by Craig Clouse of TODD
Oh god. Where do I start with fucking OXBOW?! I could have picked any of their CDs. they're all amazing. This one was on top of the pile. First time I saw Oxbow live I was with this dude who didn’t like them at all. He couldn’t deal with Eugene’s whole cock and violence thing! Haa!! I was a little confused myself but I thought about it a lot. Next time I saw them Eugene is doing the cock thing, prowling the stage like some kind of kill bent zombie. The whole thing really struck me. He didn’t give a FUCK. I don’t know if Eugene would consider what he does onstage as performance art, but I kind of saw it like that. Him with his bizarre ritual and incredible vocal ability just totally commanding the room. The rest of the band, complete virtuosos. Chugging along and bombing out the most badass soulful complex evil rock music! Oxbow shows are a work of art.
This is just #3 out of 10 of Craig's fave records.
Read the rest of it here: Dusted Features: Listed - Pail + TODD
Hit up more about TODD on:
or on Todd Ranch
viernes, abril 21
by Craig Clouse of TODD
Posted by Ghost Blogger @ 2:05:00 p. m.
jueves, abril 20
miércoles, abril 19
Pink Mountaintops is songwriter Stephen McBean's project. This bearded fellow is also in Black Mountain. He plays guitar, sings, and writes songs for the psych-tinged maximal rock group... "Rock N Roll Fantasy" is everything sexy. It sounds like foreplay. If you're planning on doing ameteur night at a strip joint, I suggest you burn this song onto a disc and practice so you can make the big bucks. It's dark, intimate, a little dangerous, slow and is alluring. It's a genuine and unpolished, honest cousin to Chris Isaak's "Wicked Game." It presents all the things that Isaak didn't have the balls to feature. McBean sings "You're my rock n roll fantasy/You are my wet dream" and later "I came all over myself/Wish I came all over your blouse." Yes, I admit it's a bit to the point, and doesn't leave anything to the imagination - however, I appreciate the fact that McBean is going straight to the point where others decide to tip toe around. The song is about fantasy, after all. The dude might as well put it all out there, don't you think? Oh, and I should probably add that when sung, atop slow guitars, bass, female backing vocals and a minimal drum - it sounds more eloquent than something out of Penthouse Forum. I posted the links to the mp3s, so you can agree or dis.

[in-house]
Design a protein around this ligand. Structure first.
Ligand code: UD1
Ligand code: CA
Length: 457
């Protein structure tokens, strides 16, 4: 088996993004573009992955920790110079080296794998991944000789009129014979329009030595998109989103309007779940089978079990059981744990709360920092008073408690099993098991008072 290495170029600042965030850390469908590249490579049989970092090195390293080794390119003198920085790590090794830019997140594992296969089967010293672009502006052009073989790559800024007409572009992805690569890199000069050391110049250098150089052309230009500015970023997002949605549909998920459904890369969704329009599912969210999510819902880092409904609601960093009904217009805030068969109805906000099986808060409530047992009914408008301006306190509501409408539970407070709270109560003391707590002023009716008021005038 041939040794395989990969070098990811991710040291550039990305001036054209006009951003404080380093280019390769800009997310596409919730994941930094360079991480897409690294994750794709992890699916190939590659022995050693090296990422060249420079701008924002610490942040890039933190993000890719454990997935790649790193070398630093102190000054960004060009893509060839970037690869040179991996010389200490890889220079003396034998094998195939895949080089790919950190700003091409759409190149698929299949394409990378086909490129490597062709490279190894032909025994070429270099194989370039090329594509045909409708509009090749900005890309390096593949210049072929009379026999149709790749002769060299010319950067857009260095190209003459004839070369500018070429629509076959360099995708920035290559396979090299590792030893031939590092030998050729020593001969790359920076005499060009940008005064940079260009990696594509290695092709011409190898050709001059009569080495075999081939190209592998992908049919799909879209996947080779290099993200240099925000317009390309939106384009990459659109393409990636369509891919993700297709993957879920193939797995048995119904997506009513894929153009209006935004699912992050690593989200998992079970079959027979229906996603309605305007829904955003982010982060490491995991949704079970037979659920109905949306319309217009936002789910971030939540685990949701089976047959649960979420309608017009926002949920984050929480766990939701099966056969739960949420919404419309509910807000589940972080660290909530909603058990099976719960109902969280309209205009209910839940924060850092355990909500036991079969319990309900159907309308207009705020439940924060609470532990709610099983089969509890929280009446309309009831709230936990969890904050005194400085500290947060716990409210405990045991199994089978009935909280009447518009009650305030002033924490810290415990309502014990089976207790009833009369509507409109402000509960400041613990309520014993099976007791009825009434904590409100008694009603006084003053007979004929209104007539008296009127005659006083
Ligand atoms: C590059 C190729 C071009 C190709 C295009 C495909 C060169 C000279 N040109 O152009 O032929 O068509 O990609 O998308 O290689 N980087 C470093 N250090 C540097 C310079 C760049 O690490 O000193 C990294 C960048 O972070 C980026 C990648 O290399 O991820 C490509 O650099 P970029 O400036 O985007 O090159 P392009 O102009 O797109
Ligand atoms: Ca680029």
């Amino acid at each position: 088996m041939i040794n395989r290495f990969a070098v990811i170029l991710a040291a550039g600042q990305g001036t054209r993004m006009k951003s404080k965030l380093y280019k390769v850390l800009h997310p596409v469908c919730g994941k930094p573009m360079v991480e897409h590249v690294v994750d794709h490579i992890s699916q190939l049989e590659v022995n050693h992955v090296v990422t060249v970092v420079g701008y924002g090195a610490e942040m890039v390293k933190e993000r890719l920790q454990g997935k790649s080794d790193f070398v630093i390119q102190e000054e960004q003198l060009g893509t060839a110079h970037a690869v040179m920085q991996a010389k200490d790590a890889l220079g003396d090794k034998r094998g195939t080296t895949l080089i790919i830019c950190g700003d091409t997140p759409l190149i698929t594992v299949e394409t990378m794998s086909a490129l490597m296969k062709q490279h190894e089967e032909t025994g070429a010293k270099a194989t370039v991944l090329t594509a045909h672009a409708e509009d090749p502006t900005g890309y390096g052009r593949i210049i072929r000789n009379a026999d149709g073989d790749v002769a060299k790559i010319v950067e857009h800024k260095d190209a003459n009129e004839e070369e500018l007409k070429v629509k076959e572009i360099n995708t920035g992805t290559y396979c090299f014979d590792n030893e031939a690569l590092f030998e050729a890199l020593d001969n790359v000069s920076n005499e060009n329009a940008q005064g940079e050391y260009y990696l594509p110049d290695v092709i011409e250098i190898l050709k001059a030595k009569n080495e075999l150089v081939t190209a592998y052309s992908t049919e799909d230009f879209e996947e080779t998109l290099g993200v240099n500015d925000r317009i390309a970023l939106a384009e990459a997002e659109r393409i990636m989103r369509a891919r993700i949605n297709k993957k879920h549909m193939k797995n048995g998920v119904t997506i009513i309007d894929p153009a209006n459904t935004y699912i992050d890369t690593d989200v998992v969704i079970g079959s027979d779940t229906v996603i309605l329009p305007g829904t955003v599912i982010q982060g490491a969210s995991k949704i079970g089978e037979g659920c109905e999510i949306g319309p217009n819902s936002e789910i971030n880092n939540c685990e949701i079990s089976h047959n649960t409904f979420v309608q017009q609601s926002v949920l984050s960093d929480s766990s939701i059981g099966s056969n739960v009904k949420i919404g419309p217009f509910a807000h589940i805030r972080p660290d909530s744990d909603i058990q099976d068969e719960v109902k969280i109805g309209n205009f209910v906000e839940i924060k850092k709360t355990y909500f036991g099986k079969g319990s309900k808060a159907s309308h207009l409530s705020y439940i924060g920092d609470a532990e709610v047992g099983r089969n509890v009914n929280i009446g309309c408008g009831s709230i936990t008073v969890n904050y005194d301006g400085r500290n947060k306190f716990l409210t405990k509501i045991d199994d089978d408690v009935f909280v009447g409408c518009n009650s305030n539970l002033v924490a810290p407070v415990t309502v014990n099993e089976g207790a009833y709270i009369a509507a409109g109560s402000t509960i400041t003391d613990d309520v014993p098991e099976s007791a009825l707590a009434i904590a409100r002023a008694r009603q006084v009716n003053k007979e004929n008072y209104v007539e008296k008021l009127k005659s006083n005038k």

At my little boyfriend's suggestion - I also posted another song off of the album, in case your folks won't let you listen to the track I'm talking about, you baby.
Rock N Roll Fantasy-mp3
Can You Do That Dance-mp3
They have a shitload of live dates, so many so that instead of posting, I decided to link it.
Posted by Celesté @ 9:00:00 p. m.
domingo, abril 16
The Verve's song, a romantic little ballad - though Ashcroft might be crooning away to some sort of substance as opposed to a person - is hopeful and tender, singing that the drugs don't work, they just make you worse but he knows he'll see your face again. Reminds me of someone wallowing and choosing to linger in remembrance.
Black Rebel Motorcycle Club's ditty on the other hand is spirited, carefree, and up beat, giving you that i-don't-give-a-fuck-and-i'm-having-a-great-time vibe. Time won't save your soul, and who knows if I'll see you again. This one reminds me of someone moving on and getting over it.
There's a place for both of these songs, and we've all been in both these places before. One states "Who knows if I'll see you again" (BRMC), the other states "I know I'll see your face again" (The Verve). Relationships, romantic and friendly, are so concentrated on finality. I know a lot of people who treat others a certain way because of the frequency in which they see the other person. (I'm sure we're all guilty of this now that I think about it. Myself included.) They tell me that distance makes the heart grow fonder, but I tend to believe that that's a myth, or wishful thinking. That's what we want to believe. But realistically speaking, human nature has proven to me (at least) that this couldn't be further from the truth. If something isn't in your face, you forget about it. Reality vs. romance... The truth is that distance and time heals heartache.
Isn't that why companies spend millions of dollars (billions, even) on advertising and marketing to make sure that their brand/product stays in your memory? Aren't you glad that not everyone has that kind of money to spend just to stay important and vital to you? But is it important and vital? You can live without Coca-Cola can't you? Or can you? But do you?
Posted by Celesté @ 11:21:00 p. m.
I know I know, you're going to say, "This is so 2005!"
Actually, if you're going to go there with me - this is really so 1976-79. And yeah well, the documentary "Dogtown and the Z Boys" is better if you're going for actual history. But this movie was certainly entertaining. Like a serious version of Dazed & Confused without school, and with a different kind of paddling.
John Robinson is awesome (and cute, despite being 7 years my junior - I can't help it I like long hair!) as Stacy Peralta, a personal hero of my preteen years for starting Powell Peralta. (You know, the skate company?!) God, I miss the days when the boys wore Bones t-shirts. They just seemed a lot better then...
Heath Ledger, pre-Brokeback and totally seeming to imitate Val Kilmer's Jim Morrison in The Doors. He's pretty hilarious. Peralta directed and wrote this flick, and yeah he fluffed it a bit, but I still love the guy.
Not exactly the Oscar-winner, but like I said - it will entertain + it's worth more your netflix dinero than it would be if you saw it in the theater. Skate or die, dude!
Sony Pictures' "Lords of Dogtown" site
Posted by Celesté @ 9:52:00 p. m.